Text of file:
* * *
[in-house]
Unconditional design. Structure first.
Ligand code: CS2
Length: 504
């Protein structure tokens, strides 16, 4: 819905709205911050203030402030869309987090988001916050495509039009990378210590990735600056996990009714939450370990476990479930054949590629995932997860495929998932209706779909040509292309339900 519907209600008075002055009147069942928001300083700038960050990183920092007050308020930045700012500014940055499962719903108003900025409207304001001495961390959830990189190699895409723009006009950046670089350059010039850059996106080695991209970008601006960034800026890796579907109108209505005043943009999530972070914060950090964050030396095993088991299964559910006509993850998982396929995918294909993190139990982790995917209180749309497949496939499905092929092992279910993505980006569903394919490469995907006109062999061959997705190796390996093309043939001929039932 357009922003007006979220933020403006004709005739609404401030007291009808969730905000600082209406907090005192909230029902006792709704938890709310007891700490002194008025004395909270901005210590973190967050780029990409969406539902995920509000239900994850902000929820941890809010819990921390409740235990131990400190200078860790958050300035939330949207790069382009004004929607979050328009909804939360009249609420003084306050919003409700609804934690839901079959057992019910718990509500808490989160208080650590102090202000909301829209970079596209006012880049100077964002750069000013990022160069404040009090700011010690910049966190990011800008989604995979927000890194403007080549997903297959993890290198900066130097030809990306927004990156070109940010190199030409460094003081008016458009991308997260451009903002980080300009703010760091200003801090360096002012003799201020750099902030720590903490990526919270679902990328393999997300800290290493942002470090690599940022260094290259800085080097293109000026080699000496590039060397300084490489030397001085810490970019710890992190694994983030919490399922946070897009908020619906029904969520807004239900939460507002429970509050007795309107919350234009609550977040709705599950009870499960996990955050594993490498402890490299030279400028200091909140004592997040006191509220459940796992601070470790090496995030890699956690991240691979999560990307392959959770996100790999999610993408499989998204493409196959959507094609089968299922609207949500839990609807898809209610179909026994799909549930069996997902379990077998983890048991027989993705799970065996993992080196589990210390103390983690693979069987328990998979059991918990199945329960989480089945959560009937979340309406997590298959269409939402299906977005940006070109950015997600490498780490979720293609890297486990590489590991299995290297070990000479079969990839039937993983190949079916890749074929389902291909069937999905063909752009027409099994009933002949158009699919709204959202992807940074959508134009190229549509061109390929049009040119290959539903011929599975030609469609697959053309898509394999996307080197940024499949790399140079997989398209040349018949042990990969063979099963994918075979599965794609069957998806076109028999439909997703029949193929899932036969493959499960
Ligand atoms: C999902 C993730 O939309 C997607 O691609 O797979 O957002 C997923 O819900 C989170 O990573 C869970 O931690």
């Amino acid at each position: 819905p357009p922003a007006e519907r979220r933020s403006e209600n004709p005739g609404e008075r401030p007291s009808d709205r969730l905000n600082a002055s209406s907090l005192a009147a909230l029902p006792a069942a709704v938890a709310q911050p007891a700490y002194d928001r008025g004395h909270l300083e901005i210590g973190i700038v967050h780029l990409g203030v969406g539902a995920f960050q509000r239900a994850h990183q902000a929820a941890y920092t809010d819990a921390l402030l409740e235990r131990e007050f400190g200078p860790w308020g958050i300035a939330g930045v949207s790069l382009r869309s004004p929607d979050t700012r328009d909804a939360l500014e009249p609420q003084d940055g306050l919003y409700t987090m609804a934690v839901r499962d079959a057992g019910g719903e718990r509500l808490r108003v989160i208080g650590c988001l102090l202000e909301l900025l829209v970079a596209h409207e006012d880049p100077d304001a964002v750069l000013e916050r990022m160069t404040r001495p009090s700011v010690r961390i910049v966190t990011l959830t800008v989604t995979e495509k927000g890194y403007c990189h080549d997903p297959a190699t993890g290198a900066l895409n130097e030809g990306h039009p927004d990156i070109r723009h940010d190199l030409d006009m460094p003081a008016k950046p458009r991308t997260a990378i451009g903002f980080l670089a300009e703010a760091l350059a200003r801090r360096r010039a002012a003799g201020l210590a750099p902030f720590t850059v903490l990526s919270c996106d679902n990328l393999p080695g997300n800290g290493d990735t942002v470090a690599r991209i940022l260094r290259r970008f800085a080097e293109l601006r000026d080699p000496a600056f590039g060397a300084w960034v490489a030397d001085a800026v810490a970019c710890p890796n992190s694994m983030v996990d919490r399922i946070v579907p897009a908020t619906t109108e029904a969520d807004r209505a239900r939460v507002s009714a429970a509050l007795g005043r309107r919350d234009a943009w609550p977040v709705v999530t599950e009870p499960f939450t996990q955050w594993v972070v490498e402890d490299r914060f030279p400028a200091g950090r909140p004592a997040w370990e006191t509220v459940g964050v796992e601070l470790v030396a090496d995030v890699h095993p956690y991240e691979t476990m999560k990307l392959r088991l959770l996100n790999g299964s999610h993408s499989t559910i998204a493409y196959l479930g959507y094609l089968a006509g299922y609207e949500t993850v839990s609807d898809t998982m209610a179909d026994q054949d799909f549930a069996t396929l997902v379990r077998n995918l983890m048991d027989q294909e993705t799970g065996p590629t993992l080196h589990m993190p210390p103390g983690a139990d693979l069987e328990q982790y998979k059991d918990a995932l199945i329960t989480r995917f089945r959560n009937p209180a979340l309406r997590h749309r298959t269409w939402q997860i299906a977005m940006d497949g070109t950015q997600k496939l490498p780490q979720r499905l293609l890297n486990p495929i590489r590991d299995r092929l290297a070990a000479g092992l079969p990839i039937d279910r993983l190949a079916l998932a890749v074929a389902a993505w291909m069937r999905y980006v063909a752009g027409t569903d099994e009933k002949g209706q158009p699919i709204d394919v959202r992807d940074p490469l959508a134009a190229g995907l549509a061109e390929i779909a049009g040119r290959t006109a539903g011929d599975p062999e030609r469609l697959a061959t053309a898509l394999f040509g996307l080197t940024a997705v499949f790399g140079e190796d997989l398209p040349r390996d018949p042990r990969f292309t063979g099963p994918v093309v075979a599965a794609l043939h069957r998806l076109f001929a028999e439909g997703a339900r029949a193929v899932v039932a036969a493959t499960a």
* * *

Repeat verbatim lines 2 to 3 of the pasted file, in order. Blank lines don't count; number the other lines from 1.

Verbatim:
Unconditional design. Structure first.
Ligand code: CS2